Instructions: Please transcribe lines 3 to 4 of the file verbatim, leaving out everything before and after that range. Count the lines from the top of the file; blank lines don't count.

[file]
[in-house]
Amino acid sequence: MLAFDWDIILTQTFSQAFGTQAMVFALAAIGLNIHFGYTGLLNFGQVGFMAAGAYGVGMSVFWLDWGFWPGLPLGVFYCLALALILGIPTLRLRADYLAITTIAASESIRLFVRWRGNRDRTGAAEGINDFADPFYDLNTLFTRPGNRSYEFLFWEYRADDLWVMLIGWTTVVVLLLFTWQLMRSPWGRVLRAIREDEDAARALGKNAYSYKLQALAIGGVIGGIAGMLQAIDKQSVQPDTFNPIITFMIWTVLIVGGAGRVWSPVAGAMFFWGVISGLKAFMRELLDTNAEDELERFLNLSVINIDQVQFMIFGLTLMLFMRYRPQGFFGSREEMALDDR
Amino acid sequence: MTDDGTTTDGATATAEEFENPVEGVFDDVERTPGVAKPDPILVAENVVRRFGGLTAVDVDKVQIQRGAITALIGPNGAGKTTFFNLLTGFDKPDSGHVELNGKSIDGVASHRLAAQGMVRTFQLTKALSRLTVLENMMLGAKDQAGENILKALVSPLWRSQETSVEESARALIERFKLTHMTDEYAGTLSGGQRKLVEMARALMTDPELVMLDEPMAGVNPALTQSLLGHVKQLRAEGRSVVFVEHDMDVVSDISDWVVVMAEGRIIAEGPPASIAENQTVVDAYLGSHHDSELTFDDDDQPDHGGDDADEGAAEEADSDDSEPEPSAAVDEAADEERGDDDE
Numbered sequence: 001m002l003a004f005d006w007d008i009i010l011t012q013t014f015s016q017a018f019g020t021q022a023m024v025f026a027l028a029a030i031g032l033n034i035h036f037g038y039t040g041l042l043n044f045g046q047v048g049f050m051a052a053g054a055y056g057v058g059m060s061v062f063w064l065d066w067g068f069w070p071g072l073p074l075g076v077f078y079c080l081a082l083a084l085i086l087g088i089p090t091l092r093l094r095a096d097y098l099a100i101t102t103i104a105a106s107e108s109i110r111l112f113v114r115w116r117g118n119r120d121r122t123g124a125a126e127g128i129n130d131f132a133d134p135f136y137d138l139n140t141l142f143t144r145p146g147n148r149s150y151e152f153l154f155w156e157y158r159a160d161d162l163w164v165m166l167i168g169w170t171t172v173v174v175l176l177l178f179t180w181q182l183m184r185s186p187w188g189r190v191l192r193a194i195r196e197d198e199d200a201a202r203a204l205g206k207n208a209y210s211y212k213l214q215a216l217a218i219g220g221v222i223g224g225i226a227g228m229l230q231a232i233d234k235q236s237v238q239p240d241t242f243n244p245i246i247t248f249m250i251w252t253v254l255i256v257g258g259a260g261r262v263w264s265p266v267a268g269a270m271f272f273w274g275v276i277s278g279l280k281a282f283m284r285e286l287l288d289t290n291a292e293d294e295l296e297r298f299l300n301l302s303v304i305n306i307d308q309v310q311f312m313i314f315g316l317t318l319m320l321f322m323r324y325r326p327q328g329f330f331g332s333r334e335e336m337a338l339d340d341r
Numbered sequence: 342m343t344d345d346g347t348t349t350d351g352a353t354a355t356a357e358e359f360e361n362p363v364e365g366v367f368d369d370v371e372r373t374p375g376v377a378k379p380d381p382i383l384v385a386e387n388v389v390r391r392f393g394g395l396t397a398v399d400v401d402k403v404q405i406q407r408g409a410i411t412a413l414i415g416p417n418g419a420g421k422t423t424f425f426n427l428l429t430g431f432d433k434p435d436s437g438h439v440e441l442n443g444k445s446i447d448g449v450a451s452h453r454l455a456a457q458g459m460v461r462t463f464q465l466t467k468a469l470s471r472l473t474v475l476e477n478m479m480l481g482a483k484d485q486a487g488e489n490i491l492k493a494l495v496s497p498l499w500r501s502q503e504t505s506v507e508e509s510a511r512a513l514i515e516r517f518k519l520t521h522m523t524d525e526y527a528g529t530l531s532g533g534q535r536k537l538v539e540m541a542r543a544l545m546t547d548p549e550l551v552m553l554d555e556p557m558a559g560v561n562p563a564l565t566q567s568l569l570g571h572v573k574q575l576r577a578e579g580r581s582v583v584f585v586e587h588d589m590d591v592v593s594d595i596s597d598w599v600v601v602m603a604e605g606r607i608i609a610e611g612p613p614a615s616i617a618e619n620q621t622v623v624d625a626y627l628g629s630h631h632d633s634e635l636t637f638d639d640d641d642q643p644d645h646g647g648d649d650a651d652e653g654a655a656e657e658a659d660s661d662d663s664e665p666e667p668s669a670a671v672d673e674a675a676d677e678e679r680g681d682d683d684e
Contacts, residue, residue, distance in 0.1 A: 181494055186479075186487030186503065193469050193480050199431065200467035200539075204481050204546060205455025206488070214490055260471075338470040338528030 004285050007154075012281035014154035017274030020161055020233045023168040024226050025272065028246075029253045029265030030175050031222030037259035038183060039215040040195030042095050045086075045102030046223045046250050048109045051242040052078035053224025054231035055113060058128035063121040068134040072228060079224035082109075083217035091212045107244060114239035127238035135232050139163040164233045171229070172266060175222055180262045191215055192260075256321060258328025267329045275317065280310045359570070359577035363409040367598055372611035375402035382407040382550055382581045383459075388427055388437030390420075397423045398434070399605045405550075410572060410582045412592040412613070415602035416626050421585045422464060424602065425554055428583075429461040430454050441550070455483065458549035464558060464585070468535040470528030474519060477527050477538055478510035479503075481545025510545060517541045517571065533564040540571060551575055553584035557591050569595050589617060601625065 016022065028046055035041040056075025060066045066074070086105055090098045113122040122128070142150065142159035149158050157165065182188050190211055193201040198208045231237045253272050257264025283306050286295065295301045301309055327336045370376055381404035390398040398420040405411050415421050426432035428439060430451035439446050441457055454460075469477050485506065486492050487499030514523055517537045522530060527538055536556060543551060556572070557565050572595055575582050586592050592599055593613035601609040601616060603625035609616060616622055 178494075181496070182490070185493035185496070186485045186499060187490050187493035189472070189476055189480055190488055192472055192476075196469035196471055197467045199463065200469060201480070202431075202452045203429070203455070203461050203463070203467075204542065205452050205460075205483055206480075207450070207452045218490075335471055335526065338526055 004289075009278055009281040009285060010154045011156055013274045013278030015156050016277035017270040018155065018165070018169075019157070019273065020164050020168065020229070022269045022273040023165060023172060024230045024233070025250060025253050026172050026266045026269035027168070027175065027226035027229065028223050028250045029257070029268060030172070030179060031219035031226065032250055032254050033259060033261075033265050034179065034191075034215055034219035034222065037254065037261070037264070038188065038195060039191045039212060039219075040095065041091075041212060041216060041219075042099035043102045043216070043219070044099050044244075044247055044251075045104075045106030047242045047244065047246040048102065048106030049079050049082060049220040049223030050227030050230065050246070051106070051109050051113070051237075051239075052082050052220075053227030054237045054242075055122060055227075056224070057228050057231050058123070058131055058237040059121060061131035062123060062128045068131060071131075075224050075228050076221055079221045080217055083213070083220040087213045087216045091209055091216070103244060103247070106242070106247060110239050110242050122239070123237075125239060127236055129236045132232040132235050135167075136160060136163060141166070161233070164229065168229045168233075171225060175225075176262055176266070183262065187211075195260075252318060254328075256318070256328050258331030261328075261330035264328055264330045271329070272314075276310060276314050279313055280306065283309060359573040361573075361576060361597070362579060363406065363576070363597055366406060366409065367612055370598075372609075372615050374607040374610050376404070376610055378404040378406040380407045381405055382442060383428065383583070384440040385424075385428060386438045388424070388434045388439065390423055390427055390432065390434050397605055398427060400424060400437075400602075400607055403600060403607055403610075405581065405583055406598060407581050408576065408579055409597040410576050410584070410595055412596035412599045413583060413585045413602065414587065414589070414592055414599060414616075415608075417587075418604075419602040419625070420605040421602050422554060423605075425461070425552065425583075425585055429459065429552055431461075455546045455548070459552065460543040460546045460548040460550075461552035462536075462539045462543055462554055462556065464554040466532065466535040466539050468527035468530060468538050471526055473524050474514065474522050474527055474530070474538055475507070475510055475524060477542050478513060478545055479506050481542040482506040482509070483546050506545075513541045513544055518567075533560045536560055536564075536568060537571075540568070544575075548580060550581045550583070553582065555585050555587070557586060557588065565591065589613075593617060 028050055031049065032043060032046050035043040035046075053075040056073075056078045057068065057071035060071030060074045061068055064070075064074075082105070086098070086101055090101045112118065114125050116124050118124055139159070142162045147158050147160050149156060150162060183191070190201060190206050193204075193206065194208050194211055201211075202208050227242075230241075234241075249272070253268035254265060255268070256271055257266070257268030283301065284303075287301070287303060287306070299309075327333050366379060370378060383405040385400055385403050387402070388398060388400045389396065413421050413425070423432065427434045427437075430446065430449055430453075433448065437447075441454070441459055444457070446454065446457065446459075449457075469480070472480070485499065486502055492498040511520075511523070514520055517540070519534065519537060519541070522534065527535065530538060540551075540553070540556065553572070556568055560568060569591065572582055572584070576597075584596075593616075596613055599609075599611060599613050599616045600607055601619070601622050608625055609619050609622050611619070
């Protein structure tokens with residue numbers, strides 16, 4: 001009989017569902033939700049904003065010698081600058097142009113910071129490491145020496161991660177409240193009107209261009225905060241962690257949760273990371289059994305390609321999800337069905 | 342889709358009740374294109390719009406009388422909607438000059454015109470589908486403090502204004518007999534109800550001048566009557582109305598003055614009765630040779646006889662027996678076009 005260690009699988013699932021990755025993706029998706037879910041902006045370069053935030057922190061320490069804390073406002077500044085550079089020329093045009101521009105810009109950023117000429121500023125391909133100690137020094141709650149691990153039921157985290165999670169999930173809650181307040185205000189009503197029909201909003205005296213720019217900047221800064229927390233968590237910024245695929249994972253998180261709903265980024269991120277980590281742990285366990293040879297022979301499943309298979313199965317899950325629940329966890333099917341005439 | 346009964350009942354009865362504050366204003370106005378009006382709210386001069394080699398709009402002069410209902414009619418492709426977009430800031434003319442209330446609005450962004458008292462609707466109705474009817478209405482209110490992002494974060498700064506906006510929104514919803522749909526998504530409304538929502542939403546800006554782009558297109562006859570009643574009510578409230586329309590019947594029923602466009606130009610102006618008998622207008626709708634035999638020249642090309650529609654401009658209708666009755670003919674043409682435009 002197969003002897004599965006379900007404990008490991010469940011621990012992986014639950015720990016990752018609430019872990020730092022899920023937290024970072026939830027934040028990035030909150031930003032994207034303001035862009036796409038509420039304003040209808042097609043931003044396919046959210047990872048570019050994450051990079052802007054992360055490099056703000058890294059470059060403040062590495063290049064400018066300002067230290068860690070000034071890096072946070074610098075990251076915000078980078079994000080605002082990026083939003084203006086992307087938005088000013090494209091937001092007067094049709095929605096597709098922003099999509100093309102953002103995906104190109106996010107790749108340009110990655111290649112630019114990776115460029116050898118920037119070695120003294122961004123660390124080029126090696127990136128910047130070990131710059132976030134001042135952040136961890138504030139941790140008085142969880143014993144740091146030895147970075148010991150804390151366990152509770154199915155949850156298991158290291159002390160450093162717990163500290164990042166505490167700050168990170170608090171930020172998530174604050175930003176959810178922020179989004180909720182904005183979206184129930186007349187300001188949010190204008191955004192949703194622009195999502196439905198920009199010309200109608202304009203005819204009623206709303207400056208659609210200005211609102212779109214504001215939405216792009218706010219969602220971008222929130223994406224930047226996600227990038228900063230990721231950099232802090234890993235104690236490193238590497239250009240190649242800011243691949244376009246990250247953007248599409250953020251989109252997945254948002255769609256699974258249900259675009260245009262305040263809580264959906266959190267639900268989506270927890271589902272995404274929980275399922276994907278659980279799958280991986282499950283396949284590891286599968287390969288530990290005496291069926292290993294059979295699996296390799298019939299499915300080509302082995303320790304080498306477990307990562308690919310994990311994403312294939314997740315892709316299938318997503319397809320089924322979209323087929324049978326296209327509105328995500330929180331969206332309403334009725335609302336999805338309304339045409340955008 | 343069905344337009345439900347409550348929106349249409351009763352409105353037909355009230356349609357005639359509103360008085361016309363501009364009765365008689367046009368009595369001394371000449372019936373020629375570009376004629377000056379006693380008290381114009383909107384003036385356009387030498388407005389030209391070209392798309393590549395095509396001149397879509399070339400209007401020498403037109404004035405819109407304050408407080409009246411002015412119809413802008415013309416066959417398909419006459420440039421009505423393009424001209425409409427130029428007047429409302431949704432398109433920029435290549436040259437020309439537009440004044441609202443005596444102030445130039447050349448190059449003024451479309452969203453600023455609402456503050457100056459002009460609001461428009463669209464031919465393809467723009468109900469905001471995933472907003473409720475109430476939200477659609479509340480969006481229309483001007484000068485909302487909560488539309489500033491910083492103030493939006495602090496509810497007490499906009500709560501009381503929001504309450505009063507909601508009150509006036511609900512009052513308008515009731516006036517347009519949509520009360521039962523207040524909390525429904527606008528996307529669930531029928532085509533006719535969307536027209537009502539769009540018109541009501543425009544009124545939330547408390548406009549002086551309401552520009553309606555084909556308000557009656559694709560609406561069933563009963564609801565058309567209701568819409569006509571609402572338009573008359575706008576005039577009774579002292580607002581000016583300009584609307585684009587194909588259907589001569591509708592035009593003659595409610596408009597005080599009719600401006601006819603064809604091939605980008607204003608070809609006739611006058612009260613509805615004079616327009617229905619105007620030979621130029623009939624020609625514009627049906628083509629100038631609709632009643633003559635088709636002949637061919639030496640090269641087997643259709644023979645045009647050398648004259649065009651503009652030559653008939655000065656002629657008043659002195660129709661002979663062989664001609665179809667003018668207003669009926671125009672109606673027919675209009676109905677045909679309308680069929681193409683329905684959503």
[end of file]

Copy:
Amino acid sequence: MTDDGTTTDGATATAEEFENPVEGVFDDVERTPGVAKPDPILVAENVVRRFGGLTAVDVDKVQIQRGAITALIGPNGAGKTTFFNLLTGFDKPDSGHVELNGKSIDGVASHRLAAQGMVRTFQLTKALSRLTVLENMMLGAKDQAGENILKALVSPLWRSQETSVEESARALIERFKLTHMTDEYAGTLSGGQRKLVEMARALMTDPELVMLDEPMAGVNPALTQSLLGHVKQLRAEGRSVVFVEHDMDVVSDISDWVVVMAEGRIIAEGPPASIAENQTVVDAYLGSHHDSELTFDDDDQPDHGGDDADEGAAEEADSDDSEPEPSAAVDEAADEERGDDDE
Numbered sequence: 001m002l003a004f005d006w007d008i009i010l011t012q013t014f015s016q017a018f019g020t021q022a023m024v025f026a027l028a029a030i031g032l033n034i035h036f037g038y039t040g041l042l043n044f045g046q047v048g049f050m051a052a053g054a055y056g057v058g059m060s061v062f063w064l065d066w067g068f069w070p071g072l073p074l075g076v077f078y079c080l081a082l083a084l085i086l087g088i089p090t091l092r093l094r095a096d097y098l099a100i101t102t103i104a105a106s107e108s109i110r111l112f113v114r115w116r117g118n119r120d121r122t123g124a125a126e127g128i129n130d131f132a133d134p135f136y137d138l139n140t141l142f143t144r145p146g147n148r149s150y151e152f153l154f155w156e157y158r159a160d161d162l163w164v165m166l167i168g169w170t171t172v173v174v175l176l177l178f179t180w181q182l183m184r185s186p187w188g189r190v191l192r193a194i195r196e197d198e199d200a201a202r203a204l205g206k207n208a209y210s211y212k213l214q215a216l217a218i219g220g221v222i223g224g225i226a227g228m229l230q231a232i233d234k235q236s237v238q239p240d241t242f243n244p245i246i247t248f249m250i251w252t253v254l255i256v257g258g259a260g261r262v263w264s265p266v267a268g269a270m271f272f273w274g275v276i277s278g279l280k281a282f283m284r285e286l287l288d289t290n291a292e293d294e295l296e297r298f299l300n301l302s303v304i305n306i307d308q309v310q311f312m313i314f315g316l317t318l319m320l321f322m323r324y325r326p327q328g329f330f331g332s333r334e335e336m337a338l339d340d341r